town-hall or dog-house) or they can stand alone, or "free". Allomorphs
are variants of a morpheme, e.g. the plural marker in English is
sometimes realized as /-z/, /-s/ or /-?z/.

-Bound morphemes like "un-" appear only together with other morphemes
to form a lexeme. Bound morphemes in general tend to be prefixes and
suffixes.

-Inflectional morphemes modify a word's tense, number, aspect, and so
on. (as in the dog morpheme if written with the plural marker morpheme
s becomes dogs).

-Derivational morphemes can be added to a word to create (derive)
another word: the addition of "-ness" to "happy", for example, to give
"happiness".

 http://www.**--****.com/ 
 http://www.**--****.com/ 

In human language, a phoneme is the basic theoretical unit that can be
used to distinguish words or morphemes. That is, changing a phoneme in
a word produces either nonsense, or a different word with a different
meaning.

Phonemes in {*filter*}languages are not physical sounds, but mental
abstractions of speech sounds. A phoneme is a family of speech sounds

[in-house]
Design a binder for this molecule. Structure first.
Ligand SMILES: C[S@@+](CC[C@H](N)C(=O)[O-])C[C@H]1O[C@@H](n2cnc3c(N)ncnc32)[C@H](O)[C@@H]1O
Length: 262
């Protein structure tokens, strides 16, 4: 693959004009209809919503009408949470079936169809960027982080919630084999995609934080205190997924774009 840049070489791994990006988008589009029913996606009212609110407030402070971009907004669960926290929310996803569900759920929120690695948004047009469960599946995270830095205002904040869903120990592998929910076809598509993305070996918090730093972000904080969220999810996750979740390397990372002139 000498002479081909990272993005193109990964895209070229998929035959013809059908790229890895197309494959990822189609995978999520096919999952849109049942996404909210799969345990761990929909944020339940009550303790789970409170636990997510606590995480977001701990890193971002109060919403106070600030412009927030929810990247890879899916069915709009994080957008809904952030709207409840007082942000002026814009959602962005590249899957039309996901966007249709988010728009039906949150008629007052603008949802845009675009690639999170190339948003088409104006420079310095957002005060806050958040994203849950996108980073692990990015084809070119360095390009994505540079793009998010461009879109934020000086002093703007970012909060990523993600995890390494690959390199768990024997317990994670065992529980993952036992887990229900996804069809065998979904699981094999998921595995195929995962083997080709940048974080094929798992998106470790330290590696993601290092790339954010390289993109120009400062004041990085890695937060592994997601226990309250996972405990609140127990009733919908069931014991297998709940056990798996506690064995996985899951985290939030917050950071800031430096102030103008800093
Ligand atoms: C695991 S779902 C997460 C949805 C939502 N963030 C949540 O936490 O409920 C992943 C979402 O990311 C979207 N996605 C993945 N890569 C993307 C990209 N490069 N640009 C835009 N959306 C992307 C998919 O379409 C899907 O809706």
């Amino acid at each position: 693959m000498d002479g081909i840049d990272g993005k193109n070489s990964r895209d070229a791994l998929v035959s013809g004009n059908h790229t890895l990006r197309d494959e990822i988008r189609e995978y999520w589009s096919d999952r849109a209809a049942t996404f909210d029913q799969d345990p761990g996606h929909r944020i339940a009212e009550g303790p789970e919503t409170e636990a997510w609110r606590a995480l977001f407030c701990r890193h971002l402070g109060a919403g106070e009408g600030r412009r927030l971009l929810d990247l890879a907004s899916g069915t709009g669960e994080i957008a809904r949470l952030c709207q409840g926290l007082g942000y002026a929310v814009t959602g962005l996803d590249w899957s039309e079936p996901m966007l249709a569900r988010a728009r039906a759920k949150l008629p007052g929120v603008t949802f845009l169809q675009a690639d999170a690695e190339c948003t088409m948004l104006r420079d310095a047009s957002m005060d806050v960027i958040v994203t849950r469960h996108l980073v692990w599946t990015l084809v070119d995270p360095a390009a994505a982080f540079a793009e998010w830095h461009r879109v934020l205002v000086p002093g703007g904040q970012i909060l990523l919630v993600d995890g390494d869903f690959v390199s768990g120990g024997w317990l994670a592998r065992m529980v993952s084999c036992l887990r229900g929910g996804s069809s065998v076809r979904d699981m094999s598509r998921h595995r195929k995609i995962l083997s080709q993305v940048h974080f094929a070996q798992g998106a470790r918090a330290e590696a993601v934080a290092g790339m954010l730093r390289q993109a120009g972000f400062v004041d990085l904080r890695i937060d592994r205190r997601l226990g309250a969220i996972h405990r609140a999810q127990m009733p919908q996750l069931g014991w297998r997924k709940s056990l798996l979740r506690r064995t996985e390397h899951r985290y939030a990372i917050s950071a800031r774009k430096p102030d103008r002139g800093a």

(phones) that the speakers of a language think of as being, and usually
hear as, the same sound. A "perfect" alphabet is one that has one
symbol for each phoneme.

In sign languages, a phoneme is a similarly basic theoretical unit of
hand shape, motion, position, or {*filter*} expression. It was formerly
called a chereme, but usage changed to phoneme when it was recognized
that the mental abstractions involved are essentially the same as in
{*filter*}languages.

Phonemics, a branch of phonology, is the study of the systems of
phonemes of languages.

 http://www.**--****.com/ 

In phonetics, a vowel is a sound in spoken language that is
characterized by an open configuration of the vocal tract where there
is no build-up of air pressure above the glottis.

This contrasts with consonants, which are characterized by a
constriction or closure at one or more points along the vocal tract.
The additional requirement is that vowels function as syllabic units:
it is this criterion that distinguishes vowels from semivowels (and
approximants, which in some languages may be slightly more
constricted).

 http://www.**--****.com/ 



Re: Language as labeling

Postby Just Playing » Thu, 10 Nov 2005 05:30:12 GMT








I guess that is what I mean and I think or at least I hope that the
answer should be yes.
JP